A photovoltaic element comprising a photoelectric conversion semiconductor layer formed on an electrically conductive surface of a substrate and a transparent and electrically conductive layer formed on the photoelectric conversion semiconductor layer is provided. Part of the transparent and electrically conductive layer situated in the periphery of the photovoltaic element is removed using an adequate etching paste, whereby (a) a power generation region comprising the transparent and electrically conductive layer and (b) opposite non-power generation peripheral regions each comprising an exposed portion of the photoelectric conversion semiconductor layer which is situated outside said power generation region (a) are established on the photovoltaic element. On each of the opposite non-power generation regions (b), any of the foregoing adhesive body is arranged and bonded. A plurality of metallic wires coated by an electrically conductive adhesive are spacedly arranged at a desired interval on the photovoltaic element and their end portions are bonded on the opposite adhesive bodies. A bus bar (comprising, for example, a hard copper member coated by an Ag-clad) is arranged and bonded on each of the opposite adhesive bodies while electrically connecting to the metallic wires. In order to bond the metallic wires on the cell face (that is, the power generation region (a) of the photovoltaic element, the resultant is subjected to thermocompression treatment, for instance, under conditions of 200° C. for the temperature, 1 Kg/cm2 for the pressure, and one minute for the treatment period of time. In order to improve the adhesion between the metallic wires and the bus bars, the resultant is subjected to thermocompression treatment, for instance, under conditions of 200° C. for the temperature, 5 Kg/cm2 for the pressure, and 15 second for the treatment period of time.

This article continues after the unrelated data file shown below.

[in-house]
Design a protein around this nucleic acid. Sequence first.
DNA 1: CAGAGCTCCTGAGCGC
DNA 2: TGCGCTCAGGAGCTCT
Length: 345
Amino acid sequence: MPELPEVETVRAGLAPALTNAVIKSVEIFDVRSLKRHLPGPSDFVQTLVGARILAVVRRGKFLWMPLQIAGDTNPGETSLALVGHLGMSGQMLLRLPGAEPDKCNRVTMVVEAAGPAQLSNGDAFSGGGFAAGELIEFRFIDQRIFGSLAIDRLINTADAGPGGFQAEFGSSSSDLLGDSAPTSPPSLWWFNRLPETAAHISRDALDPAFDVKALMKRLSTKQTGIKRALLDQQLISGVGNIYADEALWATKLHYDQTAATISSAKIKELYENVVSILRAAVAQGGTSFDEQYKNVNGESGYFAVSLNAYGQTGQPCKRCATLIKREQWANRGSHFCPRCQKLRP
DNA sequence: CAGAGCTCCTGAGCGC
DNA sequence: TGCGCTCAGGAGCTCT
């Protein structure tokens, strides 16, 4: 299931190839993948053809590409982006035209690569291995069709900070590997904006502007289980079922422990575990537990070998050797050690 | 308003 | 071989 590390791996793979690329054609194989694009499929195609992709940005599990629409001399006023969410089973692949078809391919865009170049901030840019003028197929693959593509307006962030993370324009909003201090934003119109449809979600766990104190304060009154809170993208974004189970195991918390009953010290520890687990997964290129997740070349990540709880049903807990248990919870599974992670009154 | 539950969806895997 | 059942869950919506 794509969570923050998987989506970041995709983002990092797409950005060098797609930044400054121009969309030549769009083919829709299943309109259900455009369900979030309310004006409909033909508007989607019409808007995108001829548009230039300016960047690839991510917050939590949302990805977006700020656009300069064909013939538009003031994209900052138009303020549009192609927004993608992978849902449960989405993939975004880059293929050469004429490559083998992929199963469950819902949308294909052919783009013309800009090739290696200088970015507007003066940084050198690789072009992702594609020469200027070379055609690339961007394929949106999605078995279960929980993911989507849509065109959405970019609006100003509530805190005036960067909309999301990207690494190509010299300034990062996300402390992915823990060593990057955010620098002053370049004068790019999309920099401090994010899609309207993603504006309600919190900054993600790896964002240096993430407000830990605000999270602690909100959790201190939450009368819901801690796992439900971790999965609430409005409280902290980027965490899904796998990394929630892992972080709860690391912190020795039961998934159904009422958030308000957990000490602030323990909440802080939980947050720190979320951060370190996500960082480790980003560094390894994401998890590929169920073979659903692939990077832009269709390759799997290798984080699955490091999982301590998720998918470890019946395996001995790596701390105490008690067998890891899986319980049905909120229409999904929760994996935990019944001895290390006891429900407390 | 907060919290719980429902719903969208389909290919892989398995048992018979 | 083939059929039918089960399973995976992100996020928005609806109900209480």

By this, there can be a desirable photovoltaic device according to the present invention.

In the following, the present invention will be described in more detail with reference to examples which are only for illustrative purposes and not intended to restrict the scope of the present invention.